After a disappointing 1-5 start, the Browns have won two games in a row against quality opponents. The margin of victory hasn't even been close, as the Browns have outscored opponents 64-31 in the past two games.
So what has made the difference?
Rookie quarterback Colt McCoy has taken control of the Cleveland offense and has the players, the coaching staff, and the fans believing that the Browns are supposed to win games.
Of course, McCoy wasn't supposed to play in 2010. The new front office of president Mike Holmgren and GM Tom Heckert drafted McCoy in the third round of the 2010 draft to be a project, a player who could be brought along slowly and might be ready to play in a year or two.
The front office brought in veteran quarterbacks Jake Delhomme and Seneca Wallace to transition the team into a new era and to hold down the QB position until they could get an idea of what they had in McCoy.
However, as is usually the case in Cleveland, things didn't go as planned.
Injuries to Delhomme and Wallace forced McCoy under center just six weeks into the season, and he has faced a brutal schedule to begin his young NFL career. A three game stretch against the Pittsburgh Steelers, New Orleans Saints and New England Patriots would be a daunting task for any quarterback, let alone a rookie with no NFL experience.
Luckily for the Cleveland Browns, McCoy doesn't seem to care who he is playing against or what the odds are. He just plays football.
McCoy hasn't put up eye-popping numbers, going 46 of 68 for 529 yards, a touchdown and two interceptions in three games, but he has the offense clicking and is finding a way to make things happen.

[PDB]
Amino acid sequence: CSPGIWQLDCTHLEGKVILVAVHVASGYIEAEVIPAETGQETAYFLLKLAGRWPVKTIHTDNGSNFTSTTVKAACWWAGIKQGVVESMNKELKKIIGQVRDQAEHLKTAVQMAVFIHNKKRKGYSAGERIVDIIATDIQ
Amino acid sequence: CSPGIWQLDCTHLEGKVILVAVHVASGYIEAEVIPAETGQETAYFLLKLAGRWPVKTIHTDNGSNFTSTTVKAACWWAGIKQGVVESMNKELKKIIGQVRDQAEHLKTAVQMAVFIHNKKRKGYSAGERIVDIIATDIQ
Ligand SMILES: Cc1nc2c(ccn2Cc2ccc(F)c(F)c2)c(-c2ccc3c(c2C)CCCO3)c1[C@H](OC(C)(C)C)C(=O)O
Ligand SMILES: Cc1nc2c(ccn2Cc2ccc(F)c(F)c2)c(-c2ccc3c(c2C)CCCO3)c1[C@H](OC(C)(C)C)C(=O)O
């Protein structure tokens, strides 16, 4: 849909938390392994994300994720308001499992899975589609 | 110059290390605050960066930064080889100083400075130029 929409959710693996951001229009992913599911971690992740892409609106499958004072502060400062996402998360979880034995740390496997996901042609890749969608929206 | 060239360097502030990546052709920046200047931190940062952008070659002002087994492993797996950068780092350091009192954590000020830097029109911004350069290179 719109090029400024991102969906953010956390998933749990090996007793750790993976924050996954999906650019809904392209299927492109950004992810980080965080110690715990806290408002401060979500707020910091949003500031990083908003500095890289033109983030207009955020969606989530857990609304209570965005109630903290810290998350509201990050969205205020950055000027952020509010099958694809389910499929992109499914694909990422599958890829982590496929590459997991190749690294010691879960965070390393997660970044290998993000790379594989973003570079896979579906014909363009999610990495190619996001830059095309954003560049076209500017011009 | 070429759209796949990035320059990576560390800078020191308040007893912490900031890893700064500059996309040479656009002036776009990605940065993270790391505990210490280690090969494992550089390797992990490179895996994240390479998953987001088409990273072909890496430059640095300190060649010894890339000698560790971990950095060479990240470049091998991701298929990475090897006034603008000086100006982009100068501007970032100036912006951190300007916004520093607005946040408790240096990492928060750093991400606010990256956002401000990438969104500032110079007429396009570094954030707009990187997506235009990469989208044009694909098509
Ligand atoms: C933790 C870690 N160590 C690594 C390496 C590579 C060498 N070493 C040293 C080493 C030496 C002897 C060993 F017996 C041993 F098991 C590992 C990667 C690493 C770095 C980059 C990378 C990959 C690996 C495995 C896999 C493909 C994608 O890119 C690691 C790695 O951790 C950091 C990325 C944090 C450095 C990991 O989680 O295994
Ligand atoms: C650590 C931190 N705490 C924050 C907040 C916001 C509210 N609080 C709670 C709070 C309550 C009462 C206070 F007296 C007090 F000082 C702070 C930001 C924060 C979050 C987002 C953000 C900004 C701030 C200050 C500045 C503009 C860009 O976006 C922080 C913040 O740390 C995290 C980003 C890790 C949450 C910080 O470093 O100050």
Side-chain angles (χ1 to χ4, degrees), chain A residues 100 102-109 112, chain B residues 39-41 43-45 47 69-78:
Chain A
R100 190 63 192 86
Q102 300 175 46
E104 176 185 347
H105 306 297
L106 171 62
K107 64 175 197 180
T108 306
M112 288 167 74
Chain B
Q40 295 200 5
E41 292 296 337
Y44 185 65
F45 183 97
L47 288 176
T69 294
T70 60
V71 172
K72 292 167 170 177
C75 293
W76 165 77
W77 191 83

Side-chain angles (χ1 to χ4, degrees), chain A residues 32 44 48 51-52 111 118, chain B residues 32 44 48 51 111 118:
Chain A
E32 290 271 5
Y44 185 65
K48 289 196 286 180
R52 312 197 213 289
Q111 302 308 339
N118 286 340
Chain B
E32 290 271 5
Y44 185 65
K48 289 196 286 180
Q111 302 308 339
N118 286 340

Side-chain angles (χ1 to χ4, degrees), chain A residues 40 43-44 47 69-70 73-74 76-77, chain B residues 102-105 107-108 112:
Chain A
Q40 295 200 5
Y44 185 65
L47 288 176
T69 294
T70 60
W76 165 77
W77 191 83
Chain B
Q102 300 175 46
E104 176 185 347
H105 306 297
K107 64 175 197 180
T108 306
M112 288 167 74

If you watch McCoy play the game, you see a player who not only wants to win, but expects to win. His performance today was more proof, as McCoy consistently read the defense at the line of scrimmage, found ways to extend plays, made impressive throws, and topped it all off with an exciting 16 yard touchdown run.
Many experts dismissed the win over the Saints as a fluke. The Browns won that game with trickery and by capitalizing off of mistakes, and there was no way that they could do it again against the Patriots, who came into Cleveland with the NFL's best record.
The Browns responded by manhandling New England in all phases of the game. McCoy played mistake-free football, the defense held the league's top scoring offense to only 14 points, and Cleveland's human highlight reel, Peyton Hillis, rumbled for a career best 184 rushing yards and two touchdowns.
Somehow, the Cleveland Browns found a way to follow "the upset of the year" with "the upset of the year."
Colt McCoy now has a 2-1 record as a starter and has his team believing that they can beat anybody. More importantly, he has the Browns believing that the future has arrived in Cleveland and that it is time to stop the rebuilding and simply start building on the pieces that are quickly falling into place.
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